Leslie Credit: Leslie KeeKee: Since I am photographing 100 people in one photo shoot, I only have about 15-20 minutes per person. I start by asking questions because I want get some information about the person’s personality. Then I take the photographs. It’s very instinctive. I want to bring out who they really are. I want to bring out their identity and a certain purity and strength. I think everybody has this purity and strength, but sometimes you need to use the opportunity a photo shoot offers to retrieve it. I’m sure everybody has this beauty in them, but sometimes one needs this platform to express this beauty kept in your heart. Then when people see the result they become more confident about who they are. Of course, it depends on how as the photographer you speak to people and how you film them. My passion is about documenting this truth, even though I like fashion photography, in my heart what I really care about is documenting a person.
UNAIDS: What are you hoping to achieve with the photography project?
Leslie Kee: First of all, I want to encourage LGBT people to be more willing and daring to be proud of themselves and to not fear to come out. In this project we provide the names and occupation of the people we photograph on the project’s website. We have teachers, doctors, civil servants, artists – they are all contributing to society. And they are all beautiful and inspiring.
Hopefully this project will make more Japanese people understand that LGBT people are not different from straight people. I really have a political objective. You know in Tokyo there are 23 municipal wards. So last April, Shibuya ward announced that they were recognizing same sex couples, then Setagaya – another Tokyo ward announced it would do the same. So we now have two wards which recognize same sex couples with official partnership certificates.
This recognition is very important. Lots of LGBT couples live together but they have no legal way to prove their relationship. This means that if one person gets sick and goes to the hospital, their partner will not be allowed to visit. You need to have these papers to prove that you are a couple. Or if you want to rent a house together you need to show the paperwork. In many cases landlords will not allow two men or two women to rent together. LGBT people contribute to society, so why are they not given the same treatment as everyone else? So back to the 90% of Japanese society – they need to understand that this is a very unfair situation and that recognizing LGBT partnerships is an important step for building a better society.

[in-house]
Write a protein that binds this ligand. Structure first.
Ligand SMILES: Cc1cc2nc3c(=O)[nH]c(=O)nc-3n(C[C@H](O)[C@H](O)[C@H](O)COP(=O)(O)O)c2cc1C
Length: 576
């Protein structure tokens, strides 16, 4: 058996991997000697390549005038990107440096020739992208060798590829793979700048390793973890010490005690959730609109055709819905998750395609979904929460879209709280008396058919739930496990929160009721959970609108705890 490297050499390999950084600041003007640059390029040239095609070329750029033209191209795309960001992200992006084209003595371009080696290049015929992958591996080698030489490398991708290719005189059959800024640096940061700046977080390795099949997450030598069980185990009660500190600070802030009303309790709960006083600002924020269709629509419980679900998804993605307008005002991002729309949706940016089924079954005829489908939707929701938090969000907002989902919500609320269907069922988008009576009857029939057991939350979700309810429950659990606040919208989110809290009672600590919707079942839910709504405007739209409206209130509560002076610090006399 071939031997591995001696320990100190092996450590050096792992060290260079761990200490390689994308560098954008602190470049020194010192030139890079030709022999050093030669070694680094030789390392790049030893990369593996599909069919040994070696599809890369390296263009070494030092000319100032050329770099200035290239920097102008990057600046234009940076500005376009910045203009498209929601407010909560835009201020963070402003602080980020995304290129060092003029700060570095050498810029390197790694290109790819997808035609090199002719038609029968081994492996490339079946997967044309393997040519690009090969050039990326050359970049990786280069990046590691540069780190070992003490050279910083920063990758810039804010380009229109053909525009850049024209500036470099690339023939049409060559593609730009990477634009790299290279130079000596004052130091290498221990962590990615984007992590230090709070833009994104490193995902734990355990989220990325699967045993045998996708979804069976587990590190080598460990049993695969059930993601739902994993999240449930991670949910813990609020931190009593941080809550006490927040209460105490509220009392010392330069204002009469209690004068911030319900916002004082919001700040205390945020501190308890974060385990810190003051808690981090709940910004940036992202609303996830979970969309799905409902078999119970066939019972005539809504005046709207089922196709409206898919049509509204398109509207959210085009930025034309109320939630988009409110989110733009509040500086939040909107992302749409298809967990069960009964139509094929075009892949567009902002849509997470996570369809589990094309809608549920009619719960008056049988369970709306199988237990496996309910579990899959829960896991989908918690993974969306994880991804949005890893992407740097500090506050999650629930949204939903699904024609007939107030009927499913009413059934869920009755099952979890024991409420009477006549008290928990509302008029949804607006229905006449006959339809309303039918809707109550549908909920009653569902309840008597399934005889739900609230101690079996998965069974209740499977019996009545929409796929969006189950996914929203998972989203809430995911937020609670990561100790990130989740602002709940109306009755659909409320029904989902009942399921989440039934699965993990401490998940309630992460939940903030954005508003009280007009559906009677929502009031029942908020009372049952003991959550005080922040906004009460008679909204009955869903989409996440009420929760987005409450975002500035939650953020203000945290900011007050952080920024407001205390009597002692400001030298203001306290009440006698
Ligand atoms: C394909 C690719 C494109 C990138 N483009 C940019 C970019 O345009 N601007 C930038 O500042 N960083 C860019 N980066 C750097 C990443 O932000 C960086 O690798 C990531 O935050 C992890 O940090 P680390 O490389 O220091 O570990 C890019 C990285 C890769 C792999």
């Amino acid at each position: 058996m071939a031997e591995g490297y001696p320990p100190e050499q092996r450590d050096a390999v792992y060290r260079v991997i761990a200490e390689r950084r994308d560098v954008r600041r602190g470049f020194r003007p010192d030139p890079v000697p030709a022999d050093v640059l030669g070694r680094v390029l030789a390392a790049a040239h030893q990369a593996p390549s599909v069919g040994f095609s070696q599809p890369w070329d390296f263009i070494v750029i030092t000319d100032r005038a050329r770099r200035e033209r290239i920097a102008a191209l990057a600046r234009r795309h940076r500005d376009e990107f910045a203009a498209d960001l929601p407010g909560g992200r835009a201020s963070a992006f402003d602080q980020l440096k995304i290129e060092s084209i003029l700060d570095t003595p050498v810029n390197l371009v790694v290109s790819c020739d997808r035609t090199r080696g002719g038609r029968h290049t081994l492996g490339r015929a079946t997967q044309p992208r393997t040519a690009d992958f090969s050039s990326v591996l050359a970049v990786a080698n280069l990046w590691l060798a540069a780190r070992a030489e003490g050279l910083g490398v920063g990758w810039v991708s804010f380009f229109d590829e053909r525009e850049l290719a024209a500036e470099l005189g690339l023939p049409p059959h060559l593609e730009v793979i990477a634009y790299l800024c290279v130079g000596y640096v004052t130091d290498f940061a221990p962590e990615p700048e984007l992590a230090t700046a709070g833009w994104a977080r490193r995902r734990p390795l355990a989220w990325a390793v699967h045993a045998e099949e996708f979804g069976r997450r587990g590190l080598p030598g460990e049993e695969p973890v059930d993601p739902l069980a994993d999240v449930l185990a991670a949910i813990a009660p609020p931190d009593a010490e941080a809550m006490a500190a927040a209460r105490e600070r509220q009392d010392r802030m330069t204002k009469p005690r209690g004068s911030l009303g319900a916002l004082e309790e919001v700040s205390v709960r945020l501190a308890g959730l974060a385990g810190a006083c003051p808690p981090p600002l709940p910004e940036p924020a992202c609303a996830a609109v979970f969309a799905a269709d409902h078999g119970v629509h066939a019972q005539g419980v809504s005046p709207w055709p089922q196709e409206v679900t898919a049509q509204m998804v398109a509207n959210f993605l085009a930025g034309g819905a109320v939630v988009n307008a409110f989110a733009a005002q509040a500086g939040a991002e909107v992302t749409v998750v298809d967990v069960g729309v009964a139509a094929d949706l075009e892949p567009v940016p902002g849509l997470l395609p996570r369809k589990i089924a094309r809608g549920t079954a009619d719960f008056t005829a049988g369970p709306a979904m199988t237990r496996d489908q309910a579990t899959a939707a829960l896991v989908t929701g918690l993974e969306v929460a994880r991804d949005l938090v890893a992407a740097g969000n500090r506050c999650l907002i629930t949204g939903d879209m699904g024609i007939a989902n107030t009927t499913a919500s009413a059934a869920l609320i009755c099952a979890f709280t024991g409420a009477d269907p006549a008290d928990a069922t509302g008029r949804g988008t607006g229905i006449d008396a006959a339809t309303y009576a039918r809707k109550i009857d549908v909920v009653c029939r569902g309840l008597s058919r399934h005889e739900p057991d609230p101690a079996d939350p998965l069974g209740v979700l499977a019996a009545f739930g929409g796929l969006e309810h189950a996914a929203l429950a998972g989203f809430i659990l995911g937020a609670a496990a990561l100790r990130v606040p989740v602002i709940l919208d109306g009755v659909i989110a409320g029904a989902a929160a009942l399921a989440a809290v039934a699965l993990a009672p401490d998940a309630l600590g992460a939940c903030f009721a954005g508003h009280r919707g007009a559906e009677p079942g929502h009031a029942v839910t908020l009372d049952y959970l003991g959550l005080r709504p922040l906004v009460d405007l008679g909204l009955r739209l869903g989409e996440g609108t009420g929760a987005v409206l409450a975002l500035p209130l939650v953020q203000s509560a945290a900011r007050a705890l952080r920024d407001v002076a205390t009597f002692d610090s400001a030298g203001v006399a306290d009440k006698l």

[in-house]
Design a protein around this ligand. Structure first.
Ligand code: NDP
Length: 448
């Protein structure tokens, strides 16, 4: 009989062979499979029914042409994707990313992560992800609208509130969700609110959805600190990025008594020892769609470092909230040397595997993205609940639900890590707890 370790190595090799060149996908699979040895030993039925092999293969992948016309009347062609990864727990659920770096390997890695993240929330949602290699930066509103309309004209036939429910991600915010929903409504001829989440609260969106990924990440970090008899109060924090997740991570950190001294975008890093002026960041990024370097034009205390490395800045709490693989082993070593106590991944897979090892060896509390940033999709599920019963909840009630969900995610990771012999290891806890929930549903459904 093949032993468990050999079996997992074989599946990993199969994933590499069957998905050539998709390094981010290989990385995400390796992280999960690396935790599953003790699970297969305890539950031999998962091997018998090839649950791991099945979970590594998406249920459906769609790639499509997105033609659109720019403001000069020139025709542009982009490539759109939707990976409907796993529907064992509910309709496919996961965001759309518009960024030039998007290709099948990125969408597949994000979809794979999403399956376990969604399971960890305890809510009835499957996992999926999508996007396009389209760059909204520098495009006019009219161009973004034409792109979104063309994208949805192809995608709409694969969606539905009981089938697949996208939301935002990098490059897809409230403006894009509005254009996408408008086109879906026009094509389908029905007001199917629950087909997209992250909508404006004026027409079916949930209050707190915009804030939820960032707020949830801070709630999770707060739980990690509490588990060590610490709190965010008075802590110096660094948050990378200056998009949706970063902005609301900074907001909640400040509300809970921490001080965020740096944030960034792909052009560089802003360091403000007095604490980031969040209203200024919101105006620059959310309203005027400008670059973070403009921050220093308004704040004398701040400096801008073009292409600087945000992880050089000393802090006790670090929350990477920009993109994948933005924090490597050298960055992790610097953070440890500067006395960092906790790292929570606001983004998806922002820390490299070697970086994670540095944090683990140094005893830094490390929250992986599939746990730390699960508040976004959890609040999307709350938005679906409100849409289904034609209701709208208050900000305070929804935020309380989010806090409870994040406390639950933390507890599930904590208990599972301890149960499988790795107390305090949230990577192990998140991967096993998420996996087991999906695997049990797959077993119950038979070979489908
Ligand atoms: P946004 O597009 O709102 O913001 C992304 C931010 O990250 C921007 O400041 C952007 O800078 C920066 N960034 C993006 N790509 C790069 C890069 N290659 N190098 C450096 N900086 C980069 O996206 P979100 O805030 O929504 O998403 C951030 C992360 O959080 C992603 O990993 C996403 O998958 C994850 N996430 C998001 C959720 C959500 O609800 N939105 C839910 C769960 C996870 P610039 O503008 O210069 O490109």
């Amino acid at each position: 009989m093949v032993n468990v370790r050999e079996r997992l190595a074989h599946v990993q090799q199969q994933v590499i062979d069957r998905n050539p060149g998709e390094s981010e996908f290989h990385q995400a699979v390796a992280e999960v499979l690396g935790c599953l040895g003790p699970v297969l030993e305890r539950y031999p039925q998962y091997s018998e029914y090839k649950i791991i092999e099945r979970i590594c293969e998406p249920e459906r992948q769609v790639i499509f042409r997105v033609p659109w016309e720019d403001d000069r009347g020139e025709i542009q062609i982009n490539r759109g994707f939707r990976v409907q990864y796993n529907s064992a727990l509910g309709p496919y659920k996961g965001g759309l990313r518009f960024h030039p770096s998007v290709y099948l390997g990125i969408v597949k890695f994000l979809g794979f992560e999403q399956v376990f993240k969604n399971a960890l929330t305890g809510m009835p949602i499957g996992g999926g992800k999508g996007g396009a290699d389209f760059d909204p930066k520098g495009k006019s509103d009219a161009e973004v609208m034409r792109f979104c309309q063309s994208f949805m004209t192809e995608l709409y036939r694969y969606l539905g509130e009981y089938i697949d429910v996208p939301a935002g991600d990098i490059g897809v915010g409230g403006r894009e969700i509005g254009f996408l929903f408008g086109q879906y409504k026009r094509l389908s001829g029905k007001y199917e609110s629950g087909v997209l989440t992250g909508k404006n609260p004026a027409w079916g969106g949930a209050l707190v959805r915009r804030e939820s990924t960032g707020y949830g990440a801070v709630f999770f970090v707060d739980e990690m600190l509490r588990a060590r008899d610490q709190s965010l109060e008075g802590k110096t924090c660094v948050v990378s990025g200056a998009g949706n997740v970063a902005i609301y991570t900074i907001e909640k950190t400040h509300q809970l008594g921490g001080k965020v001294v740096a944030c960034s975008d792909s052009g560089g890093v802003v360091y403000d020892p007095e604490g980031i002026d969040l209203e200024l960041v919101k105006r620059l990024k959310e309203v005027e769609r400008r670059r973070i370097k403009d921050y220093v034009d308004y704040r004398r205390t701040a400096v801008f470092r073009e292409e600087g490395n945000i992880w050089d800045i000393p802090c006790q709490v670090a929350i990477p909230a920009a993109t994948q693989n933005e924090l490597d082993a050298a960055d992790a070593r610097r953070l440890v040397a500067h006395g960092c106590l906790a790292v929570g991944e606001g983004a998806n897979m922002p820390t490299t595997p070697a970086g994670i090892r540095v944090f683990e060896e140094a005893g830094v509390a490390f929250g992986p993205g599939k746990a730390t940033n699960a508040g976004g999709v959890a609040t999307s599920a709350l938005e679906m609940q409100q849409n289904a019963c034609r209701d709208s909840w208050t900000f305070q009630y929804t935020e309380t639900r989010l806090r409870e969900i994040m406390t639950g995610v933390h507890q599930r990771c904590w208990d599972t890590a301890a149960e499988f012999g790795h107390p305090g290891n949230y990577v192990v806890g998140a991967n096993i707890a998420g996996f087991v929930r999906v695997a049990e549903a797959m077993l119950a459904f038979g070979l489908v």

By photographing 1000 people by spring 2016 and showing their courage, willingness and experiences, I am hoping this will lead to more wards in Tokyo approving same sex couples. I want all 23 wards to recognize such partnerships.
I don’t think this is a sprint, it is a marathon. We need to continue running. It will not happen overnight. Look how long it took for the US to have someone like President Obama as president of the United States of America.
UNAIDS: What have you learnt from this project?
Leslie Kee: You know I am really inspired by LGBT people. The time I spent in New York changed me. People who saw my work in the 90s and then in 2006, after I had been in New York, say that my work gained more depth and humanity. My photographs express beauty in a different way. I have a better knowledge of people and I see the world on a bigger scale. I have realized that categories are not important.
You know this project is only a part of what I do. I am taking these photographs as a volunteer – indeed everyone involved including the corporate sponsors are donating their efforts. When I first started doing this I took it up lightly, but now it has become a very serious project for me. I am so glad I have been given this opportunity and I realize that I have to put 100% of myself into it. People see me as a leader. I feel very proud when I see tears of joy in the eyes of the people when I photograph them. I see appreciation. It is definitely worth it for me.
I would like to expand this project to other countries in Asia. I would like to work in other countries like Thailand and Singapore which I think may allow same sex partnerships in the next ten years.